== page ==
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Monday, 25 April 2011

Hanoi Backpackers Hostel


Hanoi, Vietnam is a city that has no equal. Not because it’s superlatively lavish. Nor is it due to any specific tourist attraction – as Hanoi is best as a base to see things an hour or two from the city. Hanoi just happens to be one of the most unique cities in all of Southeast Asia.


The streets of Hanoi are so crowded with motorbikes it makes Bangkok feel like a calm day in Central Park. Crossing even the smallest street is an exercise in faith in your fellow humans that your camp counselors could never have prepared you for no matter how many trust falls you’ve done. But amidst the hustle and bustle of the city, a certain calm permeates the people. Unlike most Asian countries, no one is really thrilled to see white people. You regain a certain sense of anonymity in the city, as well as most other places in Vietnam.

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Walking into a city like this can be intimidating, especially if you’ve spent the rest of your time in the friendly safe havens like Thailand, Laos and Cambodia. But I encourage you to visit if you have the chance. It will change your view on the region in general and provide a little diversity to your trip.


When there, it’s always nice to have an escape, where you can get back to the familiar backpacker community. The Hanoi Backpackers Hostel is perfect for this. Situated on a tiny back road – think Khao San Road in Bangkok boiled down to a handful of hostels and one convenience store – the hostel has 2 buildings and plenty of beds for $7 a night, or private rooms for a bit more. Call ahead as they do fill up pretty quickly.


The staff is friendly and the kitchen provides free breakfast. There’s a movie room called the Annex with couches and bean bag chairs for when you’re wiped out from a day of walking and museum hopping. You can also set up trips to any of the nearby destinations. Although the trips are a bit more expensive than going to an independent office, you will have a guide from the hostel with you in addition to a Vietnamese guide. You’re also guaranteed to have a group of fellow backpackers with you. Booking through an independent company leaves you with a random group that may not turn out well. I tried both, and although I am usually as frugal as possible while traveling, I advise every traveler headed to Hanoi to stick with the hostel’s trips.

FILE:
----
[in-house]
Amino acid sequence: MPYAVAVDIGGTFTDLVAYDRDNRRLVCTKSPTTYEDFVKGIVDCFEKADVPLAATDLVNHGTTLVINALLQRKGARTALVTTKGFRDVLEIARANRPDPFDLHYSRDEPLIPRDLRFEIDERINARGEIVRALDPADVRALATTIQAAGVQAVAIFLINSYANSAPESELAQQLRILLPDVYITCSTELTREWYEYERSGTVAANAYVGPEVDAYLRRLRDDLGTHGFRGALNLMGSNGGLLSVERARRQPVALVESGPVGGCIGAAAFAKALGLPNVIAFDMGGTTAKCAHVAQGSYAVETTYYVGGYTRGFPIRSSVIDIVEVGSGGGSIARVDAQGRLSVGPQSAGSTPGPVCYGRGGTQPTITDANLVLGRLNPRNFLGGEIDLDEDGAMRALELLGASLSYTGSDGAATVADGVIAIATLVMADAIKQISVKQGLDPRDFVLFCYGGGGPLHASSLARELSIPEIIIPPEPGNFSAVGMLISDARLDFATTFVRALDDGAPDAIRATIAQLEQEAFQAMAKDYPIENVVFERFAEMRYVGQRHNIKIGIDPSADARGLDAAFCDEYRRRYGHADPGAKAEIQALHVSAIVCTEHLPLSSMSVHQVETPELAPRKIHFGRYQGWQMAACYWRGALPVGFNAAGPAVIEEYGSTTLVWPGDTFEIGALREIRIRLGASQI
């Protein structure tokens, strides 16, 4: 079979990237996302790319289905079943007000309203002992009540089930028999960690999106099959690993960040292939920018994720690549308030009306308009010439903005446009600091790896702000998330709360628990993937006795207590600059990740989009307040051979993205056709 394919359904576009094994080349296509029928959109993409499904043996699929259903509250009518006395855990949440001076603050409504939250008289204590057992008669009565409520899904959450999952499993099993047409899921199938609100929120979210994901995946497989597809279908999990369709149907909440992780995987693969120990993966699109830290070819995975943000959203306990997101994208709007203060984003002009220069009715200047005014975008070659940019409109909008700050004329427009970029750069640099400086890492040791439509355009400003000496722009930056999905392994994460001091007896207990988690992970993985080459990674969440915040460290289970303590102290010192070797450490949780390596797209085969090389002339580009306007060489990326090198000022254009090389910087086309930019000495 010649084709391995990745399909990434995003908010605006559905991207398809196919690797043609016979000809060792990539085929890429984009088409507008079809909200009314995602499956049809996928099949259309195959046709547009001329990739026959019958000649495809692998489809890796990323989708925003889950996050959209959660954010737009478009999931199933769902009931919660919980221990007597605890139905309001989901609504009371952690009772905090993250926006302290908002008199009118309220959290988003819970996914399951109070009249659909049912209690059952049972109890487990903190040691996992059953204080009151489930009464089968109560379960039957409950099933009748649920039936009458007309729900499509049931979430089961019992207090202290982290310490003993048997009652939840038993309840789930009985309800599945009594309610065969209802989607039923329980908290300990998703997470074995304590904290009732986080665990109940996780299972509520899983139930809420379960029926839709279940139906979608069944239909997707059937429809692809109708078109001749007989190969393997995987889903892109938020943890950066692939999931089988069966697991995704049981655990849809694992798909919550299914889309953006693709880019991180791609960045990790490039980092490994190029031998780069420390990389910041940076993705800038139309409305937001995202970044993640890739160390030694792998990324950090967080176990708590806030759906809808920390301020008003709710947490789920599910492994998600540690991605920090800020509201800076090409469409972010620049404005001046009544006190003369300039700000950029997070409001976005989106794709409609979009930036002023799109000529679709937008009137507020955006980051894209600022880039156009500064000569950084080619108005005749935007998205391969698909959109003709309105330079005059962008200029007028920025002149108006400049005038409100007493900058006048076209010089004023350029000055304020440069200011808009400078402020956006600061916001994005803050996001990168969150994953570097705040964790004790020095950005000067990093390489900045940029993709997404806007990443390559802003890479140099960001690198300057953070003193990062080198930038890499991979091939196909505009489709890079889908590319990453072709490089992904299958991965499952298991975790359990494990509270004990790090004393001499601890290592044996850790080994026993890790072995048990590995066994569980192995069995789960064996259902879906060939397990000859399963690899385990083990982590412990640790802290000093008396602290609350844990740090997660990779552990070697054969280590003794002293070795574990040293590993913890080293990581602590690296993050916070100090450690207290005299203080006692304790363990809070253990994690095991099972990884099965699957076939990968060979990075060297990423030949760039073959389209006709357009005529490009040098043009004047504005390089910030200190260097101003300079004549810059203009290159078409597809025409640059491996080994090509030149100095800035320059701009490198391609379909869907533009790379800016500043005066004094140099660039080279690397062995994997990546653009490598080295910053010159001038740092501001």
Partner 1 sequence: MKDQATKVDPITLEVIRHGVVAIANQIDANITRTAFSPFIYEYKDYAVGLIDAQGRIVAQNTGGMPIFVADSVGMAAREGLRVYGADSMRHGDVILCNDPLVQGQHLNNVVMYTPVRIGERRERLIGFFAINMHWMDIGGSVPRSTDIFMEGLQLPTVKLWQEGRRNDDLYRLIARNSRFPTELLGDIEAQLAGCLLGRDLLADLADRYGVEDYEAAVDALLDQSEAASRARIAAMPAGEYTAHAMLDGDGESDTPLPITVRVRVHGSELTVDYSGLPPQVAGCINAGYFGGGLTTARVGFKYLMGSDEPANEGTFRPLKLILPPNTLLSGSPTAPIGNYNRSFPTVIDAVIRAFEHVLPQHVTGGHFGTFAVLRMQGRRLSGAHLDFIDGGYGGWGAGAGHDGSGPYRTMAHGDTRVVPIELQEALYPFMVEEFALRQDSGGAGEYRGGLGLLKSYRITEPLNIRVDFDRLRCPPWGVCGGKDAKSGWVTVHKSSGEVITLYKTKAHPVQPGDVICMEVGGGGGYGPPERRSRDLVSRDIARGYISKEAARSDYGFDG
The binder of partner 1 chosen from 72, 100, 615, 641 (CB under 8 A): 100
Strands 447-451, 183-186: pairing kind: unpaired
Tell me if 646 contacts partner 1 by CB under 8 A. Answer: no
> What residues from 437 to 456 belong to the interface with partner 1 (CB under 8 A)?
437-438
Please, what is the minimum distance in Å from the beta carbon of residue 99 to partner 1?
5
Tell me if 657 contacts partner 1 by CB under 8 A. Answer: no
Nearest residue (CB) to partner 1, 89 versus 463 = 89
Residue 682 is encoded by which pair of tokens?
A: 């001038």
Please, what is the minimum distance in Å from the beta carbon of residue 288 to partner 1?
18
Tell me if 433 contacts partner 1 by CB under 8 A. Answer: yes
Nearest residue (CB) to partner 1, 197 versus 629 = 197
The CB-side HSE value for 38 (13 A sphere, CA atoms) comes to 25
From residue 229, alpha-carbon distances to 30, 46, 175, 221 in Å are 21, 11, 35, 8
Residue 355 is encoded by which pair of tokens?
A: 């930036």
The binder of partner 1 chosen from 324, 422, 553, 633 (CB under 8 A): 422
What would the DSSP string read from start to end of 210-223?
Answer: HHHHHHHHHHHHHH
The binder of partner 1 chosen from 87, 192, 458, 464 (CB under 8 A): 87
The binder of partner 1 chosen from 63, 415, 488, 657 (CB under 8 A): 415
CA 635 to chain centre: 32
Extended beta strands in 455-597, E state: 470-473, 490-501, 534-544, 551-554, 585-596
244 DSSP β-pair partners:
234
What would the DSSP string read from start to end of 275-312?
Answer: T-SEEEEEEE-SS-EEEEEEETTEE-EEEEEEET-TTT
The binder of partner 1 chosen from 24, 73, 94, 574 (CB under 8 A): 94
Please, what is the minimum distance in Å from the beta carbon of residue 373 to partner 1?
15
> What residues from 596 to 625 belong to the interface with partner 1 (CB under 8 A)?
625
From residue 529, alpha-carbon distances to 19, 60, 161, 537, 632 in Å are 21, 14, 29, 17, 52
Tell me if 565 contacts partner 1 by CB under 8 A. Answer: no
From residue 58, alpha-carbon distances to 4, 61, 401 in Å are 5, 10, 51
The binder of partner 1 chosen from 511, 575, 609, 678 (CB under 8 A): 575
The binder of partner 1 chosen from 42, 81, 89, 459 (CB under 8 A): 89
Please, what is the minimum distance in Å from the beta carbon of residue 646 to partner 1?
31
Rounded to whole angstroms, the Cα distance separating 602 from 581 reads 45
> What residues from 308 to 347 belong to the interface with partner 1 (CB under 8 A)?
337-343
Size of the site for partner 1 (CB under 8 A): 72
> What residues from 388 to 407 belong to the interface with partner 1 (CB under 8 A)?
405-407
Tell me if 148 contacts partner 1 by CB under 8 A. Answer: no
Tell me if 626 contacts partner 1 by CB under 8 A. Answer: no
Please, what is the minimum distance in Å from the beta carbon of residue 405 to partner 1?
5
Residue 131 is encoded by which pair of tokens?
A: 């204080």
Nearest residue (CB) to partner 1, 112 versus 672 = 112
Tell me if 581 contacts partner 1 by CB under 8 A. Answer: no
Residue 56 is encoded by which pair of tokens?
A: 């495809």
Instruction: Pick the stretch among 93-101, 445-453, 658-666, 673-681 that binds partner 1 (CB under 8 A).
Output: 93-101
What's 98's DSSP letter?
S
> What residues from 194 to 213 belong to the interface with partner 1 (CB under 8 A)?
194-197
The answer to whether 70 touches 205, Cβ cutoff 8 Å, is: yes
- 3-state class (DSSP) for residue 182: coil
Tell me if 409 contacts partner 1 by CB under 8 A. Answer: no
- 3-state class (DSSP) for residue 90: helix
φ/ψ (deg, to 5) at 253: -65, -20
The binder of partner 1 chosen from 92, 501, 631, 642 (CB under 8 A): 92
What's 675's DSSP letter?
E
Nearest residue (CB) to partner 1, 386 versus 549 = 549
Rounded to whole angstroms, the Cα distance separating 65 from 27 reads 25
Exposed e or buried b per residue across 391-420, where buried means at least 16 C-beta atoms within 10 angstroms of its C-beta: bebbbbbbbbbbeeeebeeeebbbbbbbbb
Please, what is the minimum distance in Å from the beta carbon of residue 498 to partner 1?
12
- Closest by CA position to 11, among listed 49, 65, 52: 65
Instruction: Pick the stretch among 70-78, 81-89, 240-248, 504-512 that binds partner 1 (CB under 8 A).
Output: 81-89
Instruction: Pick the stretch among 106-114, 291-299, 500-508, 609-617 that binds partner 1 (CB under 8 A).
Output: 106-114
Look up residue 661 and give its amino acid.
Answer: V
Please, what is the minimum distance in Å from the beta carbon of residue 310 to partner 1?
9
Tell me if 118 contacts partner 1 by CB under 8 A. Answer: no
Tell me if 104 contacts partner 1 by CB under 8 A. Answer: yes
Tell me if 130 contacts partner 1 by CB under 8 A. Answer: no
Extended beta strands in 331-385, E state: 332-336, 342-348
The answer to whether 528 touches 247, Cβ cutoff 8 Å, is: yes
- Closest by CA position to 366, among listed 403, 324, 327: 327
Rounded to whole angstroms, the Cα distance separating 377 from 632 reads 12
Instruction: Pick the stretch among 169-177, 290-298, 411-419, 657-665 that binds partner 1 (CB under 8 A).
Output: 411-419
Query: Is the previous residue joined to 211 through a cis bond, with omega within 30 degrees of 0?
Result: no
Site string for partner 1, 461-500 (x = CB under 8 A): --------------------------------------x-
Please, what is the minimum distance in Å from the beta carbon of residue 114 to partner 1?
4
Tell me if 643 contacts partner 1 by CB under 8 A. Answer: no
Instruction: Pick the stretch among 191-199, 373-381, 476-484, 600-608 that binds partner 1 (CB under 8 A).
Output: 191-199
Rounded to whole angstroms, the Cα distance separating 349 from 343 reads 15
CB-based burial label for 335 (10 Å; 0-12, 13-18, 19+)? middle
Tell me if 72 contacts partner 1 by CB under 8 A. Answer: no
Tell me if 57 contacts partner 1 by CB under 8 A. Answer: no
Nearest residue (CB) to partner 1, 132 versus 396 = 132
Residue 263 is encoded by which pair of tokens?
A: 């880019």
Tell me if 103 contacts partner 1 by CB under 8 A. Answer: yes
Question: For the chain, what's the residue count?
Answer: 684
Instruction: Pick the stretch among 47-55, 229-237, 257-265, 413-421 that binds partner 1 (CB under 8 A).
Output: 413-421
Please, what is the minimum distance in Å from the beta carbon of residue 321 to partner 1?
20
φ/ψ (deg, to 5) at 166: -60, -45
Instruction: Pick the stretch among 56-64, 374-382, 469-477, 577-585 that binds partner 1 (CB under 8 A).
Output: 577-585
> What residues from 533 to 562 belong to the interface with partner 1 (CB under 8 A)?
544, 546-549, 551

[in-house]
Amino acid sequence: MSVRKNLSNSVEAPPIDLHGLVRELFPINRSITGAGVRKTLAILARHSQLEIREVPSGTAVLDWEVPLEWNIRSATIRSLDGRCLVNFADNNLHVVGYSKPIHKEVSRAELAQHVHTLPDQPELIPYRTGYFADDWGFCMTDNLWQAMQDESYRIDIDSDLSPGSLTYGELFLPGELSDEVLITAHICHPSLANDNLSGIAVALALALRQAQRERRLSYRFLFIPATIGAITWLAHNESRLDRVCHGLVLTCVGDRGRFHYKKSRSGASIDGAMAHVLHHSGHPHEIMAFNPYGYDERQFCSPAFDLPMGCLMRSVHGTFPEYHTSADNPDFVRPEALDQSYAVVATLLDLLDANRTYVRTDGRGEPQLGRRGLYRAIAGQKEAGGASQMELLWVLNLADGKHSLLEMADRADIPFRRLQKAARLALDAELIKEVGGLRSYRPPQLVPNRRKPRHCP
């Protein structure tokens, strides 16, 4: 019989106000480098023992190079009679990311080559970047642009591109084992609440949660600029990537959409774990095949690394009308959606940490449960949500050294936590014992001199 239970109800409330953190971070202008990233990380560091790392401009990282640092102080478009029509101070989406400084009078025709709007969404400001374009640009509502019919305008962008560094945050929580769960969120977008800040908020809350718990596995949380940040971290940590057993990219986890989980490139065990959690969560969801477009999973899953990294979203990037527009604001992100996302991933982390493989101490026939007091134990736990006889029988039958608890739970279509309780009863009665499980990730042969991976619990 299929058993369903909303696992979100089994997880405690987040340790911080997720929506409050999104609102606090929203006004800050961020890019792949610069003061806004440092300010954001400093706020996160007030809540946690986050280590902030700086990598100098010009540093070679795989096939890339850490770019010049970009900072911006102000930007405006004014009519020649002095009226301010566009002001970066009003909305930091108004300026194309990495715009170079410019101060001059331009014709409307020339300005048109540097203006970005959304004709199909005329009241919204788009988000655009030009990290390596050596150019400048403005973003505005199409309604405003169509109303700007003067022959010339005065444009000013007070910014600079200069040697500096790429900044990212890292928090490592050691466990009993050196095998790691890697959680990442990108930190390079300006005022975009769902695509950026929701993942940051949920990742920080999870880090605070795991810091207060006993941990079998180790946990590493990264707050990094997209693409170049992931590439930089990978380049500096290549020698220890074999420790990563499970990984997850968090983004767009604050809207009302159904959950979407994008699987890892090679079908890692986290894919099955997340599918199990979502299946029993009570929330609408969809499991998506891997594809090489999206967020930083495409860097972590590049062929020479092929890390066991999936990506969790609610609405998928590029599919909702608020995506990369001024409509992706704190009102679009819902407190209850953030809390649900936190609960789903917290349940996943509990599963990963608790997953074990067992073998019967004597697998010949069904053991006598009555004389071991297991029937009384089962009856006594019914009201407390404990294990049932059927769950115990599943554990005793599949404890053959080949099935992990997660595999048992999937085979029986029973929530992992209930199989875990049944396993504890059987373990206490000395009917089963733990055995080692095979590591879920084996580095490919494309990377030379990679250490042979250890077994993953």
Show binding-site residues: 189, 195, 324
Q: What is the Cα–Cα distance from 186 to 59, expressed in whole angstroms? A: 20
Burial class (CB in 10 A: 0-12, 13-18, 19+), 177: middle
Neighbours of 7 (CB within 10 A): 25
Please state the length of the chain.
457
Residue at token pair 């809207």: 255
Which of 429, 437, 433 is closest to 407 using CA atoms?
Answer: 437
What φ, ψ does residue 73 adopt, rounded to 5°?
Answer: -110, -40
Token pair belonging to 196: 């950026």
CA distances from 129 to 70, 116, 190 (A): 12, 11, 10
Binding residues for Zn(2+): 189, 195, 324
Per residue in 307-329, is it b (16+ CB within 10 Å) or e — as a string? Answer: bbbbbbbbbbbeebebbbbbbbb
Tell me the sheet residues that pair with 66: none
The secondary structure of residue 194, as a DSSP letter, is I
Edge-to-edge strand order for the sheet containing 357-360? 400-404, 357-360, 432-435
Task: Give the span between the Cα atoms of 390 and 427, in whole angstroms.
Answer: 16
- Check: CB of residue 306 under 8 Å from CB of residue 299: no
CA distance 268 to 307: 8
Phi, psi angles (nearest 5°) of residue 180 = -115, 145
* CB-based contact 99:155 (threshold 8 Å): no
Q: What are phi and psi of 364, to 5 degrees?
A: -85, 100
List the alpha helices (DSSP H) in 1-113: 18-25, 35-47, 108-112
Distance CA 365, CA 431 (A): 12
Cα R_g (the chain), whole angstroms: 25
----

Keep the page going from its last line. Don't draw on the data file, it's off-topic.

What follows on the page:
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IMG 1011The trip to Halong Bay is not to be missed. You will spend the first night on a boat in a beautifully isolated area. You will be led on a kayaking trip by your guides weaving in an out of the islands, and there will be plenty of time to spend jumping off the 15 foot tall boat into some of the prettiest waters you have ever seen.



IMG 1013The hostel is affiliated with a small, private beach, where you will spend the second day and night. No one has access to it except those who book their Halong Bay trip through the hostel. The island is completely private – 500 foot+ cliffs surround the beach on all sides, and it is fully equipped with kayaks, a beach volleyball court, ping pong tables and a stereo system. Feel free to take your pick of sports as well, including a range of water sports, or even rock climbing for the colder days.


And if a good, down-to-Earth hostel with friendly staff who help you plan your time in Hanoi and throughout Vietnam is not enough, rest assured that there is a bar downstairs (only open until 9pm), and that it is the best place in town to find friends to experience the Hanoi nightlife with. And believe me, Hanoi is very unique and not easy to navigate. Having some hostel buddies will make your stay that much nicer.



©Alex McCullough

Published in innkeeper

The hint of a city – plaster white buildings and golden Khmer steeples – finally emerged from the green of the jungle and dirty brown river. After hours of traveling up the Mekong, the small clunky motorboat began its approach into Phnom Penh, the driver taking a back door approach into the city as to avoid the racers. It was the final day of Bonn Om Teuk, the water festival, one of the most important national holidays in Cambodia.

Published in indigenous

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